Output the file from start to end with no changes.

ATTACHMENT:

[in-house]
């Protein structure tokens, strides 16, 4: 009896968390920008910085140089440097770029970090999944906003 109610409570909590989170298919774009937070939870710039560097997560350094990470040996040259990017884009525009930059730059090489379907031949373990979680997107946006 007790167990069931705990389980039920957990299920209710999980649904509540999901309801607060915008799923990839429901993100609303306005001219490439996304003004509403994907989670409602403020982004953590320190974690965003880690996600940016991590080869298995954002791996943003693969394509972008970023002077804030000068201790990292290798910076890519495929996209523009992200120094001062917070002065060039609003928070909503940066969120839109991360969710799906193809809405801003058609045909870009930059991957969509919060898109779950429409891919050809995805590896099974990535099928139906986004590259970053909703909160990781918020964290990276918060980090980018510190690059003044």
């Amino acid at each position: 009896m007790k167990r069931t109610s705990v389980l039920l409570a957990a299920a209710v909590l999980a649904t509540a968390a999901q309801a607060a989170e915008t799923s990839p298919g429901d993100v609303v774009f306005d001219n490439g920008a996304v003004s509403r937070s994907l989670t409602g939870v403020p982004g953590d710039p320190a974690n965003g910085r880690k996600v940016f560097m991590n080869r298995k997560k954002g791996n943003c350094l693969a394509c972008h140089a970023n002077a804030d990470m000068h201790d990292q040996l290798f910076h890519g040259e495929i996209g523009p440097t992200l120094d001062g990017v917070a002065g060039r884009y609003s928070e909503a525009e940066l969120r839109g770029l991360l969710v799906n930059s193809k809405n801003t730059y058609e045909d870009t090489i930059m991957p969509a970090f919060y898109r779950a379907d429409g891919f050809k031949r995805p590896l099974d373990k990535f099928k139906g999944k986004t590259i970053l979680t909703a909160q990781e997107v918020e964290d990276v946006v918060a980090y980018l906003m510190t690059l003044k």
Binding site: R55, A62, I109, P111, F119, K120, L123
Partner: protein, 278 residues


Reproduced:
[in-house]
């Protein structure tokens, strides 16, 4: 009896968390920008910085140089440097770029970090999944906003 109610409570909590989170298919774009937070939870710039560097997560350094990470040996040259990017884009525009930059730059090489379907031949373990979680997107946006 007790167990069931705990389980039920957990299920209710999980649904509540999901309801607060915008799923990839429901993100609303306005001219490439996304003004509403994907989670409602403020982004953590320190974690965003880690996600940016991590080869298995954002791996943003693969394509972008970023002077804030000068201790990292290798910076890519495929996209523009992200120094001062917070002065060039609003928070909503940066969120839109991360969710799906193809809405801003058609045909870009930059991957969509919060898109779950429409891919050809995805590896099974990535099928139906986004590259970053909703909160990781918020964290990276918060980090980018510190690059003044």
């Amino acid at each position: 009896m007790k167990r069931t109610s705990v389980l039920l409570a957990a299920a209710v909590l999980a649904t509540a968390a999901q309801a607060a989170e915008t799923s990839p298919g429901d993100v609303v774009f306005d001219n490439g920008a996304v003004s509403r937070s994907l989670t409602g939870v403020p982004g953590d710039p320190a974690n965003g910085r880690k996600v940016f560097m991590n080869r298995k997560k954002g791996n943003c350094l693969a394509c972008h140089a970023n002077a804030d990470m000068h201790d990292q040996l290798f910076h890519g040259e495929i996209g523009p440097t992200l120094d001062g990017v917070a002065g060039r884009y609003s928070e909503a525009e940066l969120r839109g770029l991360l969710v799906n930059s193809k809405n801003t730059y058609e045909d870009t090489i930059m991957p969509a970090f919060y898109r779950a379907d429409g891919f050809k031949r995805p590896l099974d373990k990535f099928k139906g999944k986004t590259i970053l979680t909703a909160q990781e997107v918020e964290d990276v946006v918060a980090y980018l906003m510190t690059l003044k």
Binding site: R55, A62, I109, P111, F119, K120, L123
Partner: protein, 278 residues